Unmanned aerial vehicles (UAVs) have been around since the 1960s. What’s new is the wide variety of platforms, from heavy, turbine-powered warbirds to lightweight, versatile quadcopters capable of many intelligence, surveillance and reconnaissance (ISR) missions. What’s next, according to Mark Valentine, the president for global government at UAV maker Skydio: UAV’s that communicate among one another for greater effectiveness, but requiring less routine human input.
Skydio has some 500 systems doing ISR in Ukraine, Valentine said. The UAVs are dealing with what he called “the age old military problem of looking over the hill to see what the enemy is doing. Detecting enemy formations, understanding their schema maneuver and improve the accuracy of targeting.” He added, “We’re even seeing it being used in documentation of war crimes.”
Sensors of all types are becoming smaller, lighter and more capable, Valentine said, just as the range of UAVs become longer thanks to better batteries and more efficient structures. He said that in addition, “we have on the vehicle increasing ability to connect to battlefield systems,” such as tactical assault controllers used by the Army. The UAV capabilities become part of the battlefield network, Valentine said, ”so that people can actually make real use of [UAV-generated] data.”
Because of the proliferation of sensors, Valentine said, Skydio’s next generation is equipped with a modular payload package.
“There are sensors we haven’t even thought about that might be valuable in the surveillance use cases,” Valentine said.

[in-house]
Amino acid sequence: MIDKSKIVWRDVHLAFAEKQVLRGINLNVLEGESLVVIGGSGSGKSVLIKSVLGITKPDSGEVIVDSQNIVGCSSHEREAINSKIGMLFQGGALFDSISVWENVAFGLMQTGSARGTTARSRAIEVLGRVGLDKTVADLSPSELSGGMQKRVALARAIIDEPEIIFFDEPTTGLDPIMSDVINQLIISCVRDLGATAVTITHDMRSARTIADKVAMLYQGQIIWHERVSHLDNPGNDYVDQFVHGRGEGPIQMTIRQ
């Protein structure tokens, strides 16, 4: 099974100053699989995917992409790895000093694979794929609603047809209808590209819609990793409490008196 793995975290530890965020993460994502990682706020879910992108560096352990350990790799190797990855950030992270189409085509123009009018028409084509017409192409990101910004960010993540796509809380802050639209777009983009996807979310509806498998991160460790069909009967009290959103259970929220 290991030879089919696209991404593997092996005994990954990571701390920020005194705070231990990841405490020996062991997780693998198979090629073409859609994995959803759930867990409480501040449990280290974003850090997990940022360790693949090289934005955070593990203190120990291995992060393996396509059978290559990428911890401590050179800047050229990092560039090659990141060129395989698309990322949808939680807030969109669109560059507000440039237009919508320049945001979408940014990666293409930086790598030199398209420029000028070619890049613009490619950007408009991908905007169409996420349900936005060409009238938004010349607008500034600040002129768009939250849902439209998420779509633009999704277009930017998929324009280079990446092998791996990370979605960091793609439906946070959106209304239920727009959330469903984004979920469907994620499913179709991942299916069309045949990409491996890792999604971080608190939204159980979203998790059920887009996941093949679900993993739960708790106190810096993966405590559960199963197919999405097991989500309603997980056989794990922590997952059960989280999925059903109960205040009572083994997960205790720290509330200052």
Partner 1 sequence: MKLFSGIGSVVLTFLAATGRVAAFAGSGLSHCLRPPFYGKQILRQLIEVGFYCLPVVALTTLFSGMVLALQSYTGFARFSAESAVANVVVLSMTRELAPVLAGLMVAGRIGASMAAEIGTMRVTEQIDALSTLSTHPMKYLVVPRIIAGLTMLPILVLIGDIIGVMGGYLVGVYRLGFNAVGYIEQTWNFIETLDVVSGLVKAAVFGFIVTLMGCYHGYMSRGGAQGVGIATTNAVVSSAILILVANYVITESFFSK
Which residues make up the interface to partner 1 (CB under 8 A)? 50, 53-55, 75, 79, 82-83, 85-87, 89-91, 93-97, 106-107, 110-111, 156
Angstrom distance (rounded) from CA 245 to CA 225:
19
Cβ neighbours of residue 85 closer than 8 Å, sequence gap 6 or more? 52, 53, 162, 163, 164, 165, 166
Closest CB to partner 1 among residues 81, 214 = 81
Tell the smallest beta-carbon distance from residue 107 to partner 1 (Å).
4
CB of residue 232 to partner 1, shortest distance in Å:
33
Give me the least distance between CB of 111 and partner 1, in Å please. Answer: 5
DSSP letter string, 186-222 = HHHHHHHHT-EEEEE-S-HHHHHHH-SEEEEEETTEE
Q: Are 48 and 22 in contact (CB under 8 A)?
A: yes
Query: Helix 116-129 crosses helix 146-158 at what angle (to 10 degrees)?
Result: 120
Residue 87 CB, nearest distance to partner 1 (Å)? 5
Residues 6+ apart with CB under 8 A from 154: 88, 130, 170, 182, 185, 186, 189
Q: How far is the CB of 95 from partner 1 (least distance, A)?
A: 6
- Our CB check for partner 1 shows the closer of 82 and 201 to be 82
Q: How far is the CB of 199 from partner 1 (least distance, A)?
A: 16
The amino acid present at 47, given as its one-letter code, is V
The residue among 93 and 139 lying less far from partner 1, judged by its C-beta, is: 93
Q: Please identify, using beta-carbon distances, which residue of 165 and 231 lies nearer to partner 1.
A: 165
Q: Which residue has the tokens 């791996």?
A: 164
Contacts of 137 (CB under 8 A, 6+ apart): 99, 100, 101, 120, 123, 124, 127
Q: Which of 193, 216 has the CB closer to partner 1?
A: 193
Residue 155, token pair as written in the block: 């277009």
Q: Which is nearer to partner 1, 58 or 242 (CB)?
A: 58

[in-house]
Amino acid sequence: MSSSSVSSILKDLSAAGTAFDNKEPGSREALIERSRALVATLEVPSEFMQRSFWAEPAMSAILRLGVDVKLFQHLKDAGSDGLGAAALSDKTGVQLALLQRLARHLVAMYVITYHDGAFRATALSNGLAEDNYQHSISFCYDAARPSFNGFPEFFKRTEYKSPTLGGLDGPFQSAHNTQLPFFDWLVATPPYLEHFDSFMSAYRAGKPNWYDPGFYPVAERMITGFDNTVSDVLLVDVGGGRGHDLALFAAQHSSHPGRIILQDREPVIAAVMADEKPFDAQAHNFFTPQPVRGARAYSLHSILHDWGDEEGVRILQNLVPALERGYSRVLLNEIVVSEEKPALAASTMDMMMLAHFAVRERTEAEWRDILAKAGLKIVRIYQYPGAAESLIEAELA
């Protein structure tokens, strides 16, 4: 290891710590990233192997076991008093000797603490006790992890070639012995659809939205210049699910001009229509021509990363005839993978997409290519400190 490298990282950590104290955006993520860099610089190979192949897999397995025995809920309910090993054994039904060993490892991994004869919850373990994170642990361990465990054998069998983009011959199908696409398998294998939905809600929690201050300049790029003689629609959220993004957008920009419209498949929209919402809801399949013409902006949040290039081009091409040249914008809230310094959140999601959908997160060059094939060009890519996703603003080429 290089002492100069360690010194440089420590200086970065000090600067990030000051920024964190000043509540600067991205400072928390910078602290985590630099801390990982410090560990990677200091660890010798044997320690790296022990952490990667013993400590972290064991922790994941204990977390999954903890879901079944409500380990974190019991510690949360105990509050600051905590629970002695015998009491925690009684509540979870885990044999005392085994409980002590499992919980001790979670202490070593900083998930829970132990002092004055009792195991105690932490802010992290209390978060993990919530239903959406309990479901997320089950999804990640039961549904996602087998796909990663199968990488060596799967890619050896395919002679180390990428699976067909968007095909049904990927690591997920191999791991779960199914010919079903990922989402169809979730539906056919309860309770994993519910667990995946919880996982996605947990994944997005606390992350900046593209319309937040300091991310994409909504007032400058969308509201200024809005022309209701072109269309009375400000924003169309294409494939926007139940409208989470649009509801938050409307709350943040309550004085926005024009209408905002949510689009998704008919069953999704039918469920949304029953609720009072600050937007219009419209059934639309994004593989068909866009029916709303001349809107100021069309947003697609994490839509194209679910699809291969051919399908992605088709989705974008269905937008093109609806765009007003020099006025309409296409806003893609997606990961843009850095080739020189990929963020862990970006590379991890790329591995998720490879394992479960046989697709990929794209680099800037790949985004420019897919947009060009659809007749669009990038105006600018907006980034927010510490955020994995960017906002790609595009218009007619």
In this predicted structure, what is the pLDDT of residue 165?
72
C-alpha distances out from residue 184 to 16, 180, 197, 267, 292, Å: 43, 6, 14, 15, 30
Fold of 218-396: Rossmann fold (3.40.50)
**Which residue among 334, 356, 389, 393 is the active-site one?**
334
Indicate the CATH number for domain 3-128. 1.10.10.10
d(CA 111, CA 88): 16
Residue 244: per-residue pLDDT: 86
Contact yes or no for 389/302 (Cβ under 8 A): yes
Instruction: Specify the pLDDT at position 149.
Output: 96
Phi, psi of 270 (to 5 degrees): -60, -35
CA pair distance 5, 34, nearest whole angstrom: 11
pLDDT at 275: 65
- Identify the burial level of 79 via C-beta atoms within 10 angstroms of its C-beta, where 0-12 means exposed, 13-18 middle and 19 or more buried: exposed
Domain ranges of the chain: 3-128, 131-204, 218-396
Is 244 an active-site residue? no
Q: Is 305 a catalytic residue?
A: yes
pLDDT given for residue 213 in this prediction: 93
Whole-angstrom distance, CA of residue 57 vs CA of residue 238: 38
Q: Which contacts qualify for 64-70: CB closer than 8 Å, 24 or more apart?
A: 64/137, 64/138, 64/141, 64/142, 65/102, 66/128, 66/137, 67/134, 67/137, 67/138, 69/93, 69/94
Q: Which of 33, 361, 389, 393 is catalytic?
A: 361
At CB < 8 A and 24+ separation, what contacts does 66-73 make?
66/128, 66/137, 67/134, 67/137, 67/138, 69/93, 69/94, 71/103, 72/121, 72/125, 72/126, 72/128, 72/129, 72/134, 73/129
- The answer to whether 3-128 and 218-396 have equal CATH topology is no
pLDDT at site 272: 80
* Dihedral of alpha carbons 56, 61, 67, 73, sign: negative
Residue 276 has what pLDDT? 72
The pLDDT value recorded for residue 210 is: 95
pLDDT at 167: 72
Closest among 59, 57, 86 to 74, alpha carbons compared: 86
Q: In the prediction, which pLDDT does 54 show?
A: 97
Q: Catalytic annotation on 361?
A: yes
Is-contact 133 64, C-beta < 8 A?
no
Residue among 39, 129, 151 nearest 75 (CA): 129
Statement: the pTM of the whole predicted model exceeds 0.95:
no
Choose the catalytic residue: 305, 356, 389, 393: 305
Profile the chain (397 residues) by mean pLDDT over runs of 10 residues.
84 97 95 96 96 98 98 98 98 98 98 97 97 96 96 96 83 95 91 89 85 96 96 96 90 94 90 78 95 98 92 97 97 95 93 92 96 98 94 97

Perhaps the most important development is technology that will accommodate the simultaneous operation of 10s or hundreds of times more UAVs on or above the battlefield than is the case now. He cited Deputy Defense Secretary Kathleen Hicks’s recent description of DoD’s replicator program. Replicator envisions thousands of “attritable” – cheap and expendable – swarms of drones operating autonomously.
“I think replicator is acknowledgement by the leadership of the Department of Defense that drones actually do matter, that they are having a real effect on the battlefield,” Valentine said. “In our view at Skydio, there are going to be orders of magnitude, more drones on the battlefield of the future, and that idea of one-to-one control will never scale,” he said.
“One way that we will achieve that value is to have a single human being be able to communicate his or her intent to multiple drones, and then have each of those drones independently reason how they can help that human achieve that intent,” Valentine said.
He added, “We don’t think of our vehicles as drones, we think of them as intelligent flying machines.” As they exist now, UAVs operating as a single machine “can reason around their environment, navigate with or without GPS signals, using visual perception of their environment, and also find things of interest and track those things.”
Valentine described a hypothetical situation where the mission requires long dwell time over a target zone.
“One drone could be surveilling a scene and has responsibility for that scene,” Valentine said. “It can now communicate to another drone, ‘hey, I’m getting low on battery.’ Now that other drone will, autonomously without the human being doing anything, fly to the same location, match its sensors take over responsibility and communicate to the first drone, ‘I’m here, you’re relieved.’ That first drone can now go home and get another battery.”
Valentine said that by abstracting, through on-board communications and intelligence, much of the difficulty in operating drones, “it really lets soldiers focus on the fight and not the flight.”